Appalachian College of Pharmacy Peripheral Cycloxygenase Inhibition Paper

Formulate a original response and then respond back to a classmate regarding this topic

Question: We generally consider acetaminophen to be “Safe” in most conditions (other than overdoses), and it dose not cause peripheral cycloxygenase inhibition – so thought to be an option for analgesia in asthma patients. There is a recent correlation of acetaminophen exposure and asthma. This got a significant amount of media attention and you will most likely receive questions

Come up with an original response to this topic using resources like pubmed to back up your claims. Site any sources used. Then respond back to this response by my classmate.

classmate response:

I think everyone has really hit it on the head, that the vast majority of these studies either show no difference between ibuprofen and acetaminophen in asthma development or exacerbations, or that there are too many confounders to allow for accurate results. The confounding variable that to me sticks out and negates really any of these studies is the fact that acetaminophen is typically the medication used for mild fever in children. Fever in children is commonly caused by mild viral infection, which when you consider that in itself is a common asthma trigger, it automatically is going to confound any results that come thereafter. So in my mind, what any positive results are showing is that parents rightfully give their children acetaminophen in the case of fever, but the viral infection has triggered existing yet unknown asthma. I suppose this leaves out those who gave their children acetaminophen for analgesia, but there are still so many confounders to account for that obtaining accurate results is difficult.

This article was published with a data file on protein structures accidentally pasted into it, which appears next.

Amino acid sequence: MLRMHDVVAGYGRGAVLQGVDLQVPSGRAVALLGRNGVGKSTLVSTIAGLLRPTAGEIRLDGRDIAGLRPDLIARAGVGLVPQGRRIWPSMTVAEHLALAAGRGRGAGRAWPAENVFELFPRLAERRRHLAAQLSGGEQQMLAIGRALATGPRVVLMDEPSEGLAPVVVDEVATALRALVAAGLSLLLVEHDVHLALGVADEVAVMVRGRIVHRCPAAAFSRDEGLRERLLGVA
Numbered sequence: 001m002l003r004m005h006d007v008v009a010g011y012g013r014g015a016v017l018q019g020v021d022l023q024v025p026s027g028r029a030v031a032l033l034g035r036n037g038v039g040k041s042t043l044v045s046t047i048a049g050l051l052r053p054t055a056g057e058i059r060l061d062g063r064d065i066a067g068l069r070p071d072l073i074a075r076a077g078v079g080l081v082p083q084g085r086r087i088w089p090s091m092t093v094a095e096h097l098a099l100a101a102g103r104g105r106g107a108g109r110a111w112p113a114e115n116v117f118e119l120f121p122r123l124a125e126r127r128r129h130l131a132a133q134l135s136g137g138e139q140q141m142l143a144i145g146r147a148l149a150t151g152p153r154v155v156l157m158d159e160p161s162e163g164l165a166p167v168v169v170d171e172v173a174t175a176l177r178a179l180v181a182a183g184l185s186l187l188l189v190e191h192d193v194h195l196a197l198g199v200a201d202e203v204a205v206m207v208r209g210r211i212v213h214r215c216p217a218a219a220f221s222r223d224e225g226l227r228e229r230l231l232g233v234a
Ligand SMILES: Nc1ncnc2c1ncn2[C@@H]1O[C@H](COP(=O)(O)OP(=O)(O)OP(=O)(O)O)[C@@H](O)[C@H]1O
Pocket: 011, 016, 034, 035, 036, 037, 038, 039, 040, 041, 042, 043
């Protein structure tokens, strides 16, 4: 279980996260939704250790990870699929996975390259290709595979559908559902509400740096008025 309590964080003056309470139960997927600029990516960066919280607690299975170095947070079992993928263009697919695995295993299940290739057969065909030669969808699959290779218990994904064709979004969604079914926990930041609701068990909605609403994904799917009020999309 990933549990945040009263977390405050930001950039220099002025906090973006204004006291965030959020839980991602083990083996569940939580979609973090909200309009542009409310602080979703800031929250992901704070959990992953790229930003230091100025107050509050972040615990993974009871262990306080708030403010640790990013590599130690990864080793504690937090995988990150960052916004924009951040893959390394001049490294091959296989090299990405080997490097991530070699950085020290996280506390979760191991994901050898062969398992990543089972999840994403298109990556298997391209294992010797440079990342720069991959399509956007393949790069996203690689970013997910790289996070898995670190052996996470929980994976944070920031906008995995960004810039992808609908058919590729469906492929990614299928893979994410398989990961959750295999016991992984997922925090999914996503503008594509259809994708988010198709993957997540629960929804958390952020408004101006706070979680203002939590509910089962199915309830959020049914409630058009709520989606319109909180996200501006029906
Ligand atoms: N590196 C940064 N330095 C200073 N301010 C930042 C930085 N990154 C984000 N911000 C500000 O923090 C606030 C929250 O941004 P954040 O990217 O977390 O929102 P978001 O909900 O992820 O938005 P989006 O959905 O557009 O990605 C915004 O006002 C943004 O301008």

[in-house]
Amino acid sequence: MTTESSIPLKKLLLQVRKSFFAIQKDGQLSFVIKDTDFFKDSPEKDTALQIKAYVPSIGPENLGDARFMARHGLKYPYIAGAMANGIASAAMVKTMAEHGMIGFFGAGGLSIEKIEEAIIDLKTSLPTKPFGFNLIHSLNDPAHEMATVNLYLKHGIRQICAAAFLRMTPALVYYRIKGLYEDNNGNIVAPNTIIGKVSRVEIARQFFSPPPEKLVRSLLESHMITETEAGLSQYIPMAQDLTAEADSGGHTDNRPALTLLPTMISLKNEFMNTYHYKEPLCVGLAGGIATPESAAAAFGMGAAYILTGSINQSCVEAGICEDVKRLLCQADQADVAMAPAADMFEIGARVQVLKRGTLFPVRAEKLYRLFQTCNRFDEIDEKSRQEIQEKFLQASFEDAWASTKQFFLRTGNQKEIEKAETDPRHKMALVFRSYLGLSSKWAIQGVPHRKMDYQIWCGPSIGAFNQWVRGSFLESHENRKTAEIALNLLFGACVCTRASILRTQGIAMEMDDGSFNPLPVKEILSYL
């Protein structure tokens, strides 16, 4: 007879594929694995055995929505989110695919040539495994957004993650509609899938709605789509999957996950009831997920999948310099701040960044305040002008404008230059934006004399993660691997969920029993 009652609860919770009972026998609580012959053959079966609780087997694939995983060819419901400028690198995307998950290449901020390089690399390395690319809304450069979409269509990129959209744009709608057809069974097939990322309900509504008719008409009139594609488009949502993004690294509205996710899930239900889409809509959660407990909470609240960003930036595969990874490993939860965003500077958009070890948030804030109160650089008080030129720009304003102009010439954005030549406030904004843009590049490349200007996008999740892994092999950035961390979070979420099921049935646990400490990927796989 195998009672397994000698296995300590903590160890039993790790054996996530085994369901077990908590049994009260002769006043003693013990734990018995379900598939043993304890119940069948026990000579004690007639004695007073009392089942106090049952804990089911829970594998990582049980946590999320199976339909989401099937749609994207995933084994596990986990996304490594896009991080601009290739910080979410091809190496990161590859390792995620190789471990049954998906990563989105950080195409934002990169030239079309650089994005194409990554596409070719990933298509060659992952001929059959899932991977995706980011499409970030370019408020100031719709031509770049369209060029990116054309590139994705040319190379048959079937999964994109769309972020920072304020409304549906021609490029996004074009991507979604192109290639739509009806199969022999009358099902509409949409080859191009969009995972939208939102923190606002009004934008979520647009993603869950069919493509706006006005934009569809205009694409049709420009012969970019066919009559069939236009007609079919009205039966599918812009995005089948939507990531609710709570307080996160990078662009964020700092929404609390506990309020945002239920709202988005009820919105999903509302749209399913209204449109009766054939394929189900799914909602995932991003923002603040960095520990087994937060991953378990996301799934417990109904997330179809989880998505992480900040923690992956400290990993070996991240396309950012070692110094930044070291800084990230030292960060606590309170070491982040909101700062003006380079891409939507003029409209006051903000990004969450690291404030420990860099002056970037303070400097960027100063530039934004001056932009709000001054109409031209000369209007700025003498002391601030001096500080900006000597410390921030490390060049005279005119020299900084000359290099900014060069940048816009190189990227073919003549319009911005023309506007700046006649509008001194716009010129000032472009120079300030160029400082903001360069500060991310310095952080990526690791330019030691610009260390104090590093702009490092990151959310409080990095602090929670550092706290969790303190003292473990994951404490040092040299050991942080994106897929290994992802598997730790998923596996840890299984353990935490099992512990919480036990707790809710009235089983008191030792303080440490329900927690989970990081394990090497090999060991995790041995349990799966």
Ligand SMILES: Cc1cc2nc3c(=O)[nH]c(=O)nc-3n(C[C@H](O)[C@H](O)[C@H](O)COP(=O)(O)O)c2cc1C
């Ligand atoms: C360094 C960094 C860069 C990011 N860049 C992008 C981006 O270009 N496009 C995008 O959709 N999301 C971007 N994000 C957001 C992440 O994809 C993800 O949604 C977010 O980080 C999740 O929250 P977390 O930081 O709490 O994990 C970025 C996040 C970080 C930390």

The only way to truly determine a relationship would be a large randomized controlled trial in which children with no previous history of asthma are exposed to acetaminophen and then followed for months/years to determine if there’s any difference between placebo group and treatment group.